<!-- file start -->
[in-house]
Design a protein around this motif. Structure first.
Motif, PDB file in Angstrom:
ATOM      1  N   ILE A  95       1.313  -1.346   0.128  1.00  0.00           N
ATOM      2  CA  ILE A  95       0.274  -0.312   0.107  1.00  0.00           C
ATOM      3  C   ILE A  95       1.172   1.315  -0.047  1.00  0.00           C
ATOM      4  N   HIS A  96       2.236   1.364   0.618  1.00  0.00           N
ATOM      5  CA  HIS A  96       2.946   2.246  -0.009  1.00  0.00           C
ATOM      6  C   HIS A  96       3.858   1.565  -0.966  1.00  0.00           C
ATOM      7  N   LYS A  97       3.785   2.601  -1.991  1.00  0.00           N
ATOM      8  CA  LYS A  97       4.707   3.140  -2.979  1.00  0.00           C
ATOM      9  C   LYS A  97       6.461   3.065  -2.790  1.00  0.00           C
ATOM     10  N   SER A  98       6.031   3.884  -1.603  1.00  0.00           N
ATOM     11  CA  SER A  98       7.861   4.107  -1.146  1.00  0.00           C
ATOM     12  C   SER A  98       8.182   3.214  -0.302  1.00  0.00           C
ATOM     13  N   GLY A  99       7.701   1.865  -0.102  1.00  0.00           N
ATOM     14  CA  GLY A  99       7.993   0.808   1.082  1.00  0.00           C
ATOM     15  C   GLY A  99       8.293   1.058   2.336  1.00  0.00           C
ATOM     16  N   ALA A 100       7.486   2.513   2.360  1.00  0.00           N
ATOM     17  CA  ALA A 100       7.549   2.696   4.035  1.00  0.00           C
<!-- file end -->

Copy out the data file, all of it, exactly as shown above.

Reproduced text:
[in-house]
Design a protein around this motif. Structure first.
Motif, PDB file in Angstrom:
ATOM      1  N   ILE A  95       1.313  -1.346   0.128  1.00  0.00           N
ATOM      2  CA  ILE A  95       0.274  -0.312   0.107  1.00  0.00           C
ATOM      3  C   ILE A  95       1.172   1.315  -0.047  1.00  0.00           C
ATOM      4  N   HIS A  96       2.236   1.364   0.618  1.00  0.00           N
ATOM      5  CA  HIS A  96       2.946   2.246  -0.009  1.00  0.00           C
ATOM      6  C   HIS A  96       3.858   1.565  -0.966  1.00  0.00           C
ATOM      7  N   LYS A  97       3.785   2.601  -1.991  1.00  0.00           N
ATOM      8  CA  LYS A  97       4.707   3.140  -2.979  1.00  0.00           C
ATOM      9  C   LYS A  97       6.461   3.065  -2.790  1.00  0.00           C
ATOM     10  N   SER A  98       6.031   3.884  -1.603  1.00  0.00           N
ATOM     11  CA  SER A  98       7.861   4.107  -1.146  1.00  0.00           C
ATOM     12  C   SER A  98       8.182   3.214  -0.302  1.00  0.00           C
ATOM     13  N   GLY A  99       7.701   1.865  -0.102  1.00  0.00           N
ATOM     14  CA  GLY A  99       7.993   0.808   1.082  1.00  0.00           C
ATOM     15  C   GLY A  99       8.293   1.058   2.336  1.00  0.00           C
ATOM     16  N   ALA A 100       7.486   2.513   2.360  1.00  0.00           N
ATOM     17  CA  ALA A 100       7.549   2.696   4.035  1.00  0.00           C